How AI Is Poised to Upend Cloud Networking

To fully leverage the cloud for hosting AI workloads, optimizing your cloud networking strategy is essential.

Christopher Tozzi, Technology Analyst

March 28, 2024

4 Min Read
digital cloud made of glowing computer circuits

Much has been said about how AI will accelerate the growth of cloud platforms and enable a new generation of AI-powered tools for managing cloud environments.

But here's another facet of the cloud that AI is likely to upend: networking. As more and more AI workloads enter the cloud, the ability to deliver better cloud networking solutions will become a key priority.

Here's why, and what the future of cloud networking may look like in the age of AI.

AI's Impact on Cloud Networks

The reason why AI will place new demands on cloud networks is simple enough: To work well at scale, AI workloads will require unprecedented levels of performance from cloud networks.

That's because the data that AI workloads need to access will reside in many cases on remote servers located either within the same cloud platform where the workloads live or in a different cloud. (In some cases, the data could also live on-prem while the workloads reside in the cloud, or vice versa.)

Cloud networks will provide the essential link that connects AI workloads to data. The volumes of data will be vast in many cases (even training a simple AI model could require many terabytes' worth of information), and models will need to access the data at low latency rates. Thus, networks will need to be able to support very high bandwidth with very high levels of performance.

Related:Why AI Workloads Probably Won't Transform the Data Center Industry

Is Cloud Networking Ready for AI?

To be sure, AI is not the only type of cloud workload that requires great network performance. The ability to deliver low-latency, high-bandwidth networking has long been important for use cases like cloud desktops and video streaming.

Cloud vendors have also long offered solutions to help meet these network performance needs. All of the major clouds provide "direct connect" networking services that can dramatically boost network speed and reliability, especially when moving data between clouds in a multicloud architecture, or between a private data center and the public cloud as part of a hybrid cloud model.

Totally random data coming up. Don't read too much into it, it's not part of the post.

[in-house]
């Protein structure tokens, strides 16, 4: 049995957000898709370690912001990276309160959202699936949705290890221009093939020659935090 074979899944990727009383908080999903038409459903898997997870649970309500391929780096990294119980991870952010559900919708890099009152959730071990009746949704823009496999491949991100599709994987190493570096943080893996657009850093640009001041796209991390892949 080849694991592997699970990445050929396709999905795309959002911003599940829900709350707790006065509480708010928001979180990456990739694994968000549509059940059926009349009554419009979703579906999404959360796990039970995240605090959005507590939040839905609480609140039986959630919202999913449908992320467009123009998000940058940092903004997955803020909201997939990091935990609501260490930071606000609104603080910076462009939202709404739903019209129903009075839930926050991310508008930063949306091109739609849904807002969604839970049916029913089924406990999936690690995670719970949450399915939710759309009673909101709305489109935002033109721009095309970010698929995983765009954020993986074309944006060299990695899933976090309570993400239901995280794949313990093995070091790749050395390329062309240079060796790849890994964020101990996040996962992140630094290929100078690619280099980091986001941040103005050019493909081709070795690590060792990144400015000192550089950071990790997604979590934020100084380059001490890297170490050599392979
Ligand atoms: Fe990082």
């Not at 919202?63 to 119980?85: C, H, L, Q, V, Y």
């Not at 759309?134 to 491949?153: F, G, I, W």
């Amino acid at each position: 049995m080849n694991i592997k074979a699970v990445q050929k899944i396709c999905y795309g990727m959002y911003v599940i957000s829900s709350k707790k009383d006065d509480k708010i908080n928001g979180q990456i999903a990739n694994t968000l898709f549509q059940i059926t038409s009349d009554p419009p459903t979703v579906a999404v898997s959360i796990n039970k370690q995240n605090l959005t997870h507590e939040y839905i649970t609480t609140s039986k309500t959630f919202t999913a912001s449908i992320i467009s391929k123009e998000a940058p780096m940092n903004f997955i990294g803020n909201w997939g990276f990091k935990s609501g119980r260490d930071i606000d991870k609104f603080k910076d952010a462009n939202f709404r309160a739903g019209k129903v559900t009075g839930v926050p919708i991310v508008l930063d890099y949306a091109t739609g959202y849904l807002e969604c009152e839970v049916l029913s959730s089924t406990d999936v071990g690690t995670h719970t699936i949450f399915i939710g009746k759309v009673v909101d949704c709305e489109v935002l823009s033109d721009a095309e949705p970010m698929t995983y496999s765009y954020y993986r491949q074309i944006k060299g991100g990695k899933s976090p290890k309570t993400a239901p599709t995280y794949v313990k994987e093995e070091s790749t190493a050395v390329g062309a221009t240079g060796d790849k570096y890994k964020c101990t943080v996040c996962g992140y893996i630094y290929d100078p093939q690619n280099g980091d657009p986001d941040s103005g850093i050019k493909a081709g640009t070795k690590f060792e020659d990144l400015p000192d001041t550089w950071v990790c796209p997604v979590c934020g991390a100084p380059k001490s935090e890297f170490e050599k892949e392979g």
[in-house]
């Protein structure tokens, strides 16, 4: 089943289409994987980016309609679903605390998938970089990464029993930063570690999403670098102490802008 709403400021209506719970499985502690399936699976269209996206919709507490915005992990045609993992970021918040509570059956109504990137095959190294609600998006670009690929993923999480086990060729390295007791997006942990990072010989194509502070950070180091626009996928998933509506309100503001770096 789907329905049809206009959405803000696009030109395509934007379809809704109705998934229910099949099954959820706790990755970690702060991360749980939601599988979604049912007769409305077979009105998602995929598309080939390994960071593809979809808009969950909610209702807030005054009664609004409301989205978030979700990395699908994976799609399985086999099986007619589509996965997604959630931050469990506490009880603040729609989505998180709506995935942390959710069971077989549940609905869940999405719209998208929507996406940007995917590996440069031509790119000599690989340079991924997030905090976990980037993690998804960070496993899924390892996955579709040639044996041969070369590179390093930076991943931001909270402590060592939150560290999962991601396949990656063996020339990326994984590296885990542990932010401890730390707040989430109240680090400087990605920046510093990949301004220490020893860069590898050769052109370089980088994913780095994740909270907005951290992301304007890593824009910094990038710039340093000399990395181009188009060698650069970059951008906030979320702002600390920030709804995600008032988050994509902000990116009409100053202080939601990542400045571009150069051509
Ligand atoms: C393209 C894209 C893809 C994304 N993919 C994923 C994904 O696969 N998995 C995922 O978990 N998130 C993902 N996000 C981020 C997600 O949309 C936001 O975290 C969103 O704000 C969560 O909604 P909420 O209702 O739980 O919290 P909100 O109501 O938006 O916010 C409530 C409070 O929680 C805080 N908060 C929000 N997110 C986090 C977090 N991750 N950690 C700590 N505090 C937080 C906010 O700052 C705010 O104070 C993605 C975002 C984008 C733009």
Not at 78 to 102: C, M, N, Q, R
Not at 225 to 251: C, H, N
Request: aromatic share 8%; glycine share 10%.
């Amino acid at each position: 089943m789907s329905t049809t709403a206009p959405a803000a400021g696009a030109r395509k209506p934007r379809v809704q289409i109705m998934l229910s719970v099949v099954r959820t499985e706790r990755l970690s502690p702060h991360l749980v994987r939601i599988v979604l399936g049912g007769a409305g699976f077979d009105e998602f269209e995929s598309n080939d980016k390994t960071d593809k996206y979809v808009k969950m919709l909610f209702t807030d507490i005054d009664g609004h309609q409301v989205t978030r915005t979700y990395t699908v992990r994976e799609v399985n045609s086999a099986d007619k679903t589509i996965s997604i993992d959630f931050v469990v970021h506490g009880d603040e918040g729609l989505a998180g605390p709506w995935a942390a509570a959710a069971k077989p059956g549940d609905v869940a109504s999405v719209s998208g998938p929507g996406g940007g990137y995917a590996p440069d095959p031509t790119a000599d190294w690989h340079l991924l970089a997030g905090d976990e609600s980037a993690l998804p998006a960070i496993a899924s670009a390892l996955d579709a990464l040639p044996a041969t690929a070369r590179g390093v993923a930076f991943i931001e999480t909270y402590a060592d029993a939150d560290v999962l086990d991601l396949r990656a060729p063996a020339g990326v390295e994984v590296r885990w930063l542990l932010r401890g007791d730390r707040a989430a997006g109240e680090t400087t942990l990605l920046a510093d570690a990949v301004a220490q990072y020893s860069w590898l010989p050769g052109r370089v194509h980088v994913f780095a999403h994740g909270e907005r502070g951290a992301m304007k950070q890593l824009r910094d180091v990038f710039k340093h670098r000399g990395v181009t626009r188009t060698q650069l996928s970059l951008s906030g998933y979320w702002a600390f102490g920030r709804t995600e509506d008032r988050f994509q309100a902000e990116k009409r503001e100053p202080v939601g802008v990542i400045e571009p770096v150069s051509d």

But for AI workloads with truly exceptional network performance needs, direct connect services may not suffice. Workloads may also require optimizations at the hardware level in the form of solutions such as data processing units (DPUs), which can help process network traffic hyper-efficiently. Indeed, vendors like Nvidia, which has unveiled an Ethernet platform tailored for generative AI, are already investing in this area — and it says a lot that a company mostly known for selling video cards is also recognizing that unlocking the full potential of AI requires networking hardware innovations, too.

Related:Explosion of Data in the Cloud Era Leading to Observability Complexity

The Future of Cloud Networking: What to Expect

For now, it remains to be seen exactly how cloud vendors, hardware vendors, and AI developers will respond to the special challenges that AI brings to the realm of cloud networking. But in general, it's likely that we'll see changes such as the following:

  • Greater use of direct connects: In the past, cloud direct connect services tended to be used only by large businesses with complex cloud architectures and high performance needs. But direct connects could become more commonplace among smaller organizations seeking to take full advantage of cloud-based AI workflows.

  • Higher egress costs: Because cloud providers usually charge "egress" fees whenever data moves out of their networks, AI workloads running in the cloud could increase the networking fees that businesses pay for egress. Going forward, the ability to predict and manage egress charges triggered by AI workloads will become an important element of cloud cost optimization.

  • Fluctuating network consumption: Some AI workloads will consume cloud network resources at high volumes, but only for a temporary period. They may need to move vast quantities of data while training, for example, but scale their network usage back down when training is complete. This means that the ability to accommodate wide fluctuations in network consumption is likely to become another important component of cloud network performance management.


There's no way around it: If you want to take full advantage of the cloud to help host AI workloads, you need to optimize your cloud networking strategy — a move that requires taking advantage of advanced networking services and hardware, while also adjusting cloud cost optimization and network performance management strategies.

For now, the solutions available to help with these goals are still evolving, but this is a space to follow closely for any business seeking to deploy AI workloads in the cloud.

Read more about:

ITPro Today

About the Author(s)

Christopher Tozzi

Technology Analyst, Fixate.IO

Christopher Tozzi is a technology analyst with subject matter expertise in cloud computing, application development, open source software, virtualization, containers and more. He also lectures at a major university in the Albany, New York, area. His book, “For Fun and Profit: A History of the Free and Open Source Software Revolution,” was published by MIT Press.

Subscribe to the Data Center Knowledge Newsletter
Get analysis and expert insight on the latest in data center business and technology delivered to your inbox daily.

You May Also Like